The Australian dollar moved down against its major counterparts in the Asian session on Thursday, as the nation’s unemployment rate jumped in May amid virus crisis.
Data from the Australian Bureau of Statistics showed that the unemployment rate in Australia came in at a seasonally adjusted 7.1 percent in May – missing forecasts for 7.0 percent and up from the upwardly revised 6.4 percent in April (originally 6.2 percent).
The Australian economy shed 227,700 jobs last month to 12,154,100 – again missing estimates for a decline of 125,000 following the loss of 594,300 in the previous month.
Full-time employment decreased 89,100 to 8,540,000 people and part-time employment decreased 138,600 to 3,614,100 people.
The aussie dropped to a 2-day low of 0.6837 against the greenback and a 3-day low of 72.99 against the yen, after rising to 0.6897 and 73.83, respectively in early deals. The aussie is seen finding support around 0.65 against the greenback and 70.00 against the yen.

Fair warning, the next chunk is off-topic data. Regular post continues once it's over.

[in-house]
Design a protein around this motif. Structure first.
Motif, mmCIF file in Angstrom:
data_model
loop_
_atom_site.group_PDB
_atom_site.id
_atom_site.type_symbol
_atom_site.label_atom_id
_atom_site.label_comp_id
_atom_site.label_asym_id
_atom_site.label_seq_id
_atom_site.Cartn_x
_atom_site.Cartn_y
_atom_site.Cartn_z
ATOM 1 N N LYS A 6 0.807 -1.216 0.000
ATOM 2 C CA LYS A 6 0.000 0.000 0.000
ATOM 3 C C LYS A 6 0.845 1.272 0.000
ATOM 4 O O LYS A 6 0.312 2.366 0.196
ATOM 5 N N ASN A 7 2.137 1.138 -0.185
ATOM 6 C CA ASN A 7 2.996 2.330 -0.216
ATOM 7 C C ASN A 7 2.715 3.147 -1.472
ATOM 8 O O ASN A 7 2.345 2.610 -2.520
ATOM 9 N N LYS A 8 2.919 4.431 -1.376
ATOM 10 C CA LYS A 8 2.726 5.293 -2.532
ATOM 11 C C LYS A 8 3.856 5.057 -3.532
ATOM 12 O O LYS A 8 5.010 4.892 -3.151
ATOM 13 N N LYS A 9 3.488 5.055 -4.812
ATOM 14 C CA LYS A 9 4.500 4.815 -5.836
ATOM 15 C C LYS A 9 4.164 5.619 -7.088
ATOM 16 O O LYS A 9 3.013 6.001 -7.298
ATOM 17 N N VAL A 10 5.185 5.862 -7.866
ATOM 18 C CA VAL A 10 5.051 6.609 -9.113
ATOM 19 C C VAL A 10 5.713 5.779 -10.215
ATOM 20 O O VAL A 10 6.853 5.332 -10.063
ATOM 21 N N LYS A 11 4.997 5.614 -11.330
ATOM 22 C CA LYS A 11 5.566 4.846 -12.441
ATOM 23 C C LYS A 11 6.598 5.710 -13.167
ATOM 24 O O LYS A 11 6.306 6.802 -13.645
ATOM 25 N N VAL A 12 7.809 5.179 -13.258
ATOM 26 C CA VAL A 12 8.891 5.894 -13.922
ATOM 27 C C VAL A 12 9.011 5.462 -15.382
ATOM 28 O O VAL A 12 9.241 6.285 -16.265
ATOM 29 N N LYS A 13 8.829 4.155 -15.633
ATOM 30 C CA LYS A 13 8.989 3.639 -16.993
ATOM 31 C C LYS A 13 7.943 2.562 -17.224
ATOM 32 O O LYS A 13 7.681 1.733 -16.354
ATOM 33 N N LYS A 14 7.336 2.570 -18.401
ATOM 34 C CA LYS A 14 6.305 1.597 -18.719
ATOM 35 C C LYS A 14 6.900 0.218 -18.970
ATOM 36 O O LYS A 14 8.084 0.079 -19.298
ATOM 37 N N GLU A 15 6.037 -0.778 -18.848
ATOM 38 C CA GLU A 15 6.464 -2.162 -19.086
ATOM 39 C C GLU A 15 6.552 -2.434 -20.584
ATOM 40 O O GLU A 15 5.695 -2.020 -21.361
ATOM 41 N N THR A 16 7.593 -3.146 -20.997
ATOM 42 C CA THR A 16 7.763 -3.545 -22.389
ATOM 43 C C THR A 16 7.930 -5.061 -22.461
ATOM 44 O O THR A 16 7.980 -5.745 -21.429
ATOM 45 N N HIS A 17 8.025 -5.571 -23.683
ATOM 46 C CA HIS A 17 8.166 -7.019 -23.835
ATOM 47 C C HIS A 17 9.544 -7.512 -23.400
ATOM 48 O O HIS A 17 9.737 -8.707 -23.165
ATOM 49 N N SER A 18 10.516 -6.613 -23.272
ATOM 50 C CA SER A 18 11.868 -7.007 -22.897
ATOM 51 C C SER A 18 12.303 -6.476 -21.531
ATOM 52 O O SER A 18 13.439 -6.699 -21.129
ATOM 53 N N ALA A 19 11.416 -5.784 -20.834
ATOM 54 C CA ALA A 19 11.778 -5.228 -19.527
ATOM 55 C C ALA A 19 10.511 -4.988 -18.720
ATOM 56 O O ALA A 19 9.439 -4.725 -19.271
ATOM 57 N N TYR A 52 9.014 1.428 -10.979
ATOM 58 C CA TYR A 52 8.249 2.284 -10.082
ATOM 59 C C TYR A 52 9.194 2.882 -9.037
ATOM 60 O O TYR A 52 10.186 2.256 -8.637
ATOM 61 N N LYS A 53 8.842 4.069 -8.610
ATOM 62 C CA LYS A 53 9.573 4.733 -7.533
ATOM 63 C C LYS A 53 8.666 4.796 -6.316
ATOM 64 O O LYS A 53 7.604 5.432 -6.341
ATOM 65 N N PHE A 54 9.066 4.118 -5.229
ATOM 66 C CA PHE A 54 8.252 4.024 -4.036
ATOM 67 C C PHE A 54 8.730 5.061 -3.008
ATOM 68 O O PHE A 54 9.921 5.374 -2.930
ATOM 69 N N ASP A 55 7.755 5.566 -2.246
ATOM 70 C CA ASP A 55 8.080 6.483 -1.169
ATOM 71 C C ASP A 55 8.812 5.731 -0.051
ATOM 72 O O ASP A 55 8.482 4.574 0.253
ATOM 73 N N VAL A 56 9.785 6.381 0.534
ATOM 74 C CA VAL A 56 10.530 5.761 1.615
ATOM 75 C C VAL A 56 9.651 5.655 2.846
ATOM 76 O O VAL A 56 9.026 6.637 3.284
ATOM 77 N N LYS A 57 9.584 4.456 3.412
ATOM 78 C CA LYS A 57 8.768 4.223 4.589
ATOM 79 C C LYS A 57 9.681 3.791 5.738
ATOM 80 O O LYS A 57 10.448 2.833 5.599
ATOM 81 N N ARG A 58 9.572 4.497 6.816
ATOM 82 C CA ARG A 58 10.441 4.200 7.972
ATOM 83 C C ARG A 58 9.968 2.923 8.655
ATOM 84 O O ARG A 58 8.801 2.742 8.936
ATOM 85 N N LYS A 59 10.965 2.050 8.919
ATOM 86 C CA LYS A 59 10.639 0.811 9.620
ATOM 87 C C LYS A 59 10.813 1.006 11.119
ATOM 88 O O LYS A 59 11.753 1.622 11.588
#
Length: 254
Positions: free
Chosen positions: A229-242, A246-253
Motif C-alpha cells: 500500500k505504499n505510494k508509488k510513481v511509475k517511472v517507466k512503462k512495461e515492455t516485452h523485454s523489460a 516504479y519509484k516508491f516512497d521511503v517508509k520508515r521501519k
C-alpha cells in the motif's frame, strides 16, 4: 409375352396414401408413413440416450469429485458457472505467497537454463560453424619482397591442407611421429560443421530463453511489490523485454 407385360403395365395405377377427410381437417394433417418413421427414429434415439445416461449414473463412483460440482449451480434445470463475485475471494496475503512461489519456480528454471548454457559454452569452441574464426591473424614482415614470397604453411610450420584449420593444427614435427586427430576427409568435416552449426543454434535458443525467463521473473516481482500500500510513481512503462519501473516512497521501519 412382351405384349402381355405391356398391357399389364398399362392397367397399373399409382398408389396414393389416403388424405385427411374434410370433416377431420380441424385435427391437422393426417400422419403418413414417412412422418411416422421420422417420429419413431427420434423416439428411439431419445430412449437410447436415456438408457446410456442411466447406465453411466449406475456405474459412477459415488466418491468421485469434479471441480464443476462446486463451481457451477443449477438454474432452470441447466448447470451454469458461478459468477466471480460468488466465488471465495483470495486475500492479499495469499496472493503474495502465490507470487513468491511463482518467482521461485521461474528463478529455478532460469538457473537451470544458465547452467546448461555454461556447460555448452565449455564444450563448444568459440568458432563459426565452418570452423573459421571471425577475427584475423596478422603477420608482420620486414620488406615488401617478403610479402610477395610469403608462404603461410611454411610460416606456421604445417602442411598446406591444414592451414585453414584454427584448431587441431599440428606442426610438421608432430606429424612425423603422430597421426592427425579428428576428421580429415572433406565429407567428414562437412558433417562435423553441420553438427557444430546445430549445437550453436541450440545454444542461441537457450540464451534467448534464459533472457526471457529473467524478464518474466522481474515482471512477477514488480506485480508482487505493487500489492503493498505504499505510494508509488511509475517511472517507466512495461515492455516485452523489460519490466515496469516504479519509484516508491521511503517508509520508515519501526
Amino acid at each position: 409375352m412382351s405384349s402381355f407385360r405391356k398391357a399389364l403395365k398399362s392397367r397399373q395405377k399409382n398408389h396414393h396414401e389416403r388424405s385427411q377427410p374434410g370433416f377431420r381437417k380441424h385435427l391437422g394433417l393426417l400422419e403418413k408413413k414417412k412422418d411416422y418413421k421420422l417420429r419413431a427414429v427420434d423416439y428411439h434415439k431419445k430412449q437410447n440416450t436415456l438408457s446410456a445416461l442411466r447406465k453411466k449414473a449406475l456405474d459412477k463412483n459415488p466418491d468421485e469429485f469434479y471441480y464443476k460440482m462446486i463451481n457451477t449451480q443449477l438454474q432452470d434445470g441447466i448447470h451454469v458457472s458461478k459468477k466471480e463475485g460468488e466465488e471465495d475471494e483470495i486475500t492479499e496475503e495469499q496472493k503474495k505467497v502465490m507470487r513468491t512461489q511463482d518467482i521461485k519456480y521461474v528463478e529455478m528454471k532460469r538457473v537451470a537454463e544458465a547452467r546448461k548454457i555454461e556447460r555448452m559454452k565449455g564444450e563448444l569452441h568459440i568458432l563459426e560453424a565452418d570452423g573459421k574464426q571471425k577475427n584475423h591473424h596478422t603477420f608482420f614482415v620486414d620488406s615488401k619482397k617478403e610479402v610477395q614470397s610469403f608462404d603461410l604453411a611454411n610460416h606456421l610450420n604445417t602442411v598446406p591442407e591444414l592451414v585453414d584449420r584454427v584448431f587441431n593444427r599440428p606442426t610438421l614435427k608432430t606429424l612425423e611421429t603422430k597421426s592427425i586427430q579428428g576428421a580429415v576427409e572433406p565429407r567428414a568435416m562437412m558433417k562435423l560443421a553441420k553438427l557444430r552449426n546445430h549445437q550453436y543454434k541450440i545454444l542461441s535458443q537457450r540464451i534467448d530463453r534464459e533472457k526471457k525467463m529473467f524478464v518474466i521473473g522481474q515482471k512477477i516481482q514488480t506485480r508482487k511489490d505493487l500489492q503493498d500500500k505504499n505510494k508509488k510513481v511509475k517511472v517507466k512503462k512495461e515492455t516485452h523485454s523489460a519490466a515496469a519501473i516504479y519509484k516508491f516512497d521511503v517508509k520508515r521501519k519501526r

The aussie edged down to 1.6422 against the euro and 0.9302 against the loonie, from its early highs of 1.6308 and 0.9349, respectively. The aussie may challenge support around 1.67 against the euro and 0.92 against the loonie.
The aussie fell back to 1.0645 against the kiwi and held steady thereafter. This may be compared to a 3-day low of 1.0633 seen earlier in the session. The pair ended yesterday’s deals at 1.0659.
Looking ahead, the Swiss National Bank’s monetary policy announcement will be out at 3:30 am ET. Economists widely expect the central bank to maintain policy rate at -0.75 percent.
The Bank of England’s interest rate announcement is due at 7:00 am ET. The BoE is widely expected to hold its benchmark bank rate at 0.10 percent and expand the asset purchase program to GBP 745 billion from GBP 645 billion.
Canada new housing price index for May and wholesale sales for April and U.S. weekly jobless claims for the week ended June 13 are due in the New York session.